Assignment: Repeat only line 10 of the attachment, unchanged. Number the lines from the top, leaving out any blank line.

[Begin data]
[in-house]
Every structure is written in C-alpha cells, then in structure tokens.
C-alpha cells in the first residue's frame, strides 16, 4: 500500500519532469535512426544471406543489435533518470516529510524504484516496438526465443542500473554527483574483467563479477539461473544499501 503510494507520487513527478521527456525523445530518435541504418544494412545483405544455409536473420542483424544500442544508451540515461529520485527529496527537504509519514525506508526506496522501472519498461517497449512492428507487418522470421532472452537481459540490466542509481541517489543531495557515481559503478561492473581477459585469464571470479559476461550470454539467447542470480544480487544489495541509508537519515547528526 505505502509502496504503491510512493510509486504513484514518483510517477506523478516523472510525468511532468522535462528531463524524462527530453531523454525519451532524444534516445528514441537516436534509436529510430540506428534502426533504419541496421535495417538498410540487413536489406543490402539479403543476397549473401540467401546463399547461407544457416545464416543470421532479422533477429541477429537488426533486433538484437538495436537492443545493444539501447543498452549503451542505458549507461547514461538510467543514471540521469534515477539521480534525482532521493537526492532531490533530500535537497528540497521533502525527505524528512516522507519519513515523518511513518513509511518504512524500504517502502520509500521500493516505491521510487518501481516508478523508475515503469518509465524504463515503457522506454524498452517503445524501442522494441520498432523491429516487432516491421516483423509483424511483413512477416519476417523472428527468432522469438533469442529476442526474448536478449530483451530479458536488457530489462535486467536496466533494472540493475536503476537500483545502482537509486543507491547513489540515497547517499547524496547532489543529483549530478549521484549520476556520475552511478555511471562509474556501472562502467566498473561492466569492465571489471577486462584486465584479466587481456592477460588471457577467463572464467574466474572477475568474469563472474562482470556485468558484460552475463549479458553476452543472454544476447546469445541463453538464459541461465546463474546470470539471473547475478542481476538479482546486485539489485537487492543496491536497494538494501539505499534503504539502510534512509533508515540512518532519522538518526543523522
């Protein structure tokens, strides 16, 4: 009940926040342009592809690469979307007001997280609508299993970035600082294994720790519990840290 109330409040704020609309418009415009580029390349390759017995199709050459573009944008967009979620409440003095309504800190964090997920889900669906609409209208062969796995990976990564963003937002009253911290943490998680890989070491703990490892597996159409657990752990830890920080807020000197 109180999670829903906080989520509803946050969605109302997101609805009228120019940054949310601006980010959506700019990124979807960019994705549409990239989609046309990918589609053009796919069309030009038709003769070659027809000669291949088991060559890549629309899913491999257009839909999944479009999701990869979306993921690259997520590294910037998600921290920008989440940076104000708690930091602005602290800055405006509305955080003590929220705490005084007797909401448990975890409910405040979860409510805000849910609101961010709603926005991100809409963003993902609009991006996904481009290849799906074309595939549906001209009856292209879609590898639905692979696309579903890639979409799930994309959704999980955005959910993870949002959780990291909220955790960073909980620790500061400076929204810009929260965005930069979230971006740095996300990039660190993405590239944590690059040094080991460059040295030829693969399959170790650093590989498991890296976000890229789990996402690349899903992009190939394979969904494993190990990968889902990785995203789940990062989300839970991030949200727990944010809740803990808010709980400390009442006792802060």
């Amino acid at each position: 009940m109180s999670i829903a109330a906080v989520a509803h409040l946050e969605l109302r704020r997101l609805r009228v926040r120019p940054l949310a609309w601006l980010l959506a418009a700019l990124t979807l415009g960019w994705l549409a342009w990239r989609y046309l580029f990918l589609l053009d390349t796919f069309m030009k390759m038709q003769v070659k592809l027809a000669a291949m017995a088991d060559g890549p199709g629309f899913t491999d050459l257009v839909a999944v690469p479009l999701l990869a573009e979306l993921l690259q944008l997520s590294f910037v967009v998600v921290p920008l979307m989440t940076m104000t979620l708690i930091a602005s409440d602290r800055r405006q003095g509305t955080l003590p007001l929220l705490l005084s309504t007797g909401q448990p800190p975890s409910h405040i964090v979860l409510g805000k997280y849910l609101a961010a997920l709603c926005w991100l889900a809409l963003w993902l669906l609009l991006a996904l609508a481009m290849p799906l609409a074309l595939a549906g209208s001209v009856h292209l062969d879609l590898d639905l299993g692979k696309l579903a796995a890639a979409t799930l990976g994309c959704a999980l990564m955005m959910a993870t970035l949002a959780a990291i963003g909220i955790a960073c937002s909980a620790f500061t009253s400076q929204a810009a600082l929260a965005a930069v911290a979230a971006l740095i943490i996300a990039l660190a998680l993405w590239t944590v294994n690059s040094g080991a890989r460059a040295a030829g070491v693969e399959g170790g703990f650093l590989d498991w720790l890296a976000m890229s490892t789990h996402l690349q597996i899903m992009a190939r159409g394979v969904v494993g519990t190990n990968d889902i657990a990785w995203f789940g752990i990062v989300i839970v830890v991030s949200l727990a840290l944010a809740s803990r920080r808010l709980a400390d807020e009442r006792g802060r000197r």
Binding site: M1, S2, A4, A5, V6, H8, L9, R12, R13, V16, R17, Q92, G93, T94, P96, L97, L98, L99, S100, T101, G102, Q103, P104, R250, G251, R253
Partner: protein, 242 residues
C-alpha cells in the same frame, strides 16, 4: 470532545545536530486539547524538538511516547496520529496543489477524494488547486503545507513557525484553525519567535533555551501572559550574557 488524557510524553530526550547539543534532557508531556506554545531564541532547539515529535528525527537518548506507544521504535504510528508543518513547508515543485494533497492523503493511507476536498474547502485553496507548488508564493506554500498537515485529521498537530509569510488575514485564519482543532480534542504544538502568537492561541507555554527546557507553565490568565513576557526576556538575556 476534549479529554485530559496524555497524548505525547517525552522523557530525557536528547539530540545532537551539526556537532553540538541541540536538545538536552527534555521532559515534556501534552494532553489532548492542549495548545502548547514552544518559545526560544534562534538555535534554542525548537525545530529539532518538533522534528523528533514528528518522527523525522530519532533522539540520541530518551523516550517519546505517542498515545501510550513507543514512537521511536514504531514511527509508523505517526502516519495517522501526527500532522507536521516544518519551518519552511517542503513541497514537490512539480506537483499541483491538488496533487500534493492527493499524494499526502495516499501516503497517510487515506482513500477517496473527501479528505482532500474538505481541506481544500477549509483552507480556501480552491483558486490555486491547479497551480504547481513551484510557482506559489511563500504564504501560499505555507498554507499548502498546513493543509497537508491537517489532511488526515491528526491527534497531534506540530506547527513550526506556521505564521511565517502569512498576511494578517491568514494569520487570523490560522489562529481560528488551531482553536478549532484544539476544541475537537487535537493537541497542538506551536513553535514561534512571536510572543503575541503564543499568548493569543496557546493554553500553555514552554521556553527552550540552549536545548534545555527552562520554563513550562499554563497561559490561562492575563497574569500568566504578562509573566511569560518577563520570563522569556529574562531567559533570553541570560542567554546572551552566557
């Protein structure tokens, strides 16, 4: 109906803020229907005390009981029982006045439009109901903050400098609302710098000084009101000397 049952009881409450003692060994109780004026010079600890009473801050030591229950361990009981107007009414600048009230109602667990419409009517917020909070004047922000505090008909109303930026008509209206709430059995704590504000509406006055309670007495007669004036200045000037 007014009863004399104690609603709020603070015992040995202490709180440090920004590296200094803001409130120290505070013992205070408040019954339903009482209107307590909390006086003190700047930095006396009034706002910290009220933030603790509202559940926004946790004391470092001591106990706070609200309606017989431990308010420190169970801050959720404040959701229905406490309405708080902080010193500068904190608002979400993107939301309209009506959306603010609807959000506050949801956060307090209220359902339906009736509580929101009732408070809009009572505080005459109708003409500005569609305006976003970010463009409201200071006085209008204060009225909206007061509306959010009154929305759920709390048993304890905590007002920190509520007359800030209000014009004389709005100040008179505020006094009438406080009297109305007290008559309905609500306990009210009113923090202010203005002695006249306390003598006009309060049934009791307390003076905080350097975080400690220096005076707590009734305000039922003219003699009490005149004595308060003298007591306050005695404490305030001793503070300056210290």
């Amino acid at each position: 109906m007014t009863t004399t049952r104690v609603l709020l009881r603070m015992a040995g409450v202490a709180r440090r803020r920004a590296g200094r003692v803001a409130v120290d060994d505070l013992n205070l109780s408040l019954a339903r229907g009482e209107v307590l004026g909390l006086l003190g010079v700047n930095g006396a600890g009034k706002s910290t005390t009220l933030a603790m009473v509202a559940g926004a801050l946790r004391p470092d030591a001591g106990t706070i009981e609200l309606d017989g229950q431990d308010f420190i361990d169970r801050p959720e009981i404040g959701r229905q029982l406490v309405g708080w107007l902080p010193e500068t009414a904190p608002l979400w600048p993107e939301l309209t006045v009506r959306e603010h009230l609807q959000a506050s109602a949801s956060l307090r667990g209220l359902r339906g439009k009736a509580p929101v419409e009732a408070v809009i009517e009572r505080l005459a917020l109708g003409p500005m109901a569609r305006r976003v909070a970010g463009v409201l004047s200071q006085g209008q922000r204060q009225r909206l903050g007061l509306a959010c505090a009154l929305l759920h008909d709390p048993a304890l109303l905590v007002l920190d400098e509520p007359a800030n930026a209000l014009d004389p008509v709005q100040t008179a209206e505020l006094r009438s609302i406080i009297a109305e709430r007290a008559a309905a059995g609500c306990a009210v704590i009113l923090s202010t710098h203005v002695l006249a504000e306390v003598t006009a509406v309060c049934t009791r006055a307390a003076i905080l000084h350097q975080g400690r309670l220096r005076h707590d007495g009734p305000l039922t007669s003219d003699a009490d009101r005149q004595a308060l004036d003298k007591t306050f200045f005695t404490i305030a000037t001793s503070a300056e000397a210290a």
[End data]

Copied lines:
């Amino acid at each position: 109906m007014t009863t004399t049952r104690v609603l709020l009881r603070m015992a040995g409450v202490a709180r440090r803020r920004a590296g200094r003692v803001a409130v120290d060994d505070l013992n205070l109780s408040l019954a339903r229907g009482e209107v307590l004026g909390l006086l003190g010079v700047n930095g006396a600890g009034k706002s910290t005390t009220l933030a603790m009473v509202a559940g926004a801050l946790r004391p470092d030591a001591g106990t706070i009981e609200l309606d017989g229950q431990d308010f420190i361990d169970r801050p959720e009981i404040g959701r229905q029982l406490v309405g708080w107007l902080p010193e500068t009414a904190p608002l979400w600048p993107e939301l309209t006045v009506r959306e603010h009230l609807q959000a506050s109602a949801s956060l307090r667990g209220l359902r339906g439009k009736a509580p929101v419409e009732a408070v809009i009517e009572r505080l005459a917020l109708g003409p500005m109901a569609r305006r976003v909070a970010g463009v409201l004047s200071q006085g209008q922000r204060q009225r909206l903050g007061l509306a959010c505090a009154l929305l759920h008909d709390p048993a304890l109303l905590v007002l920190d400098e509520p007359a800030n930026a209000l014009d004389p008509v709005q100040t008179a209206e505020l006094r009438s609302i406080i009297a109305e709430r007290a008559a309905a059995g609500c306990a009210v704590i009113l923090s202010t710098h203005v002695l006249a504000e306390v003598t006009a509406v309060c049934t009791r006055a307390a003076i905080l000084h350097q975080g400690r309670l220096r005076h707590d007495g009734p305000l039922t007669s003219d003699a009490d009101r005149q004595a308060l004036d003298k007591t306050f200045f005695t404490i305030a000037t001793s503070a300056e000397a210290a």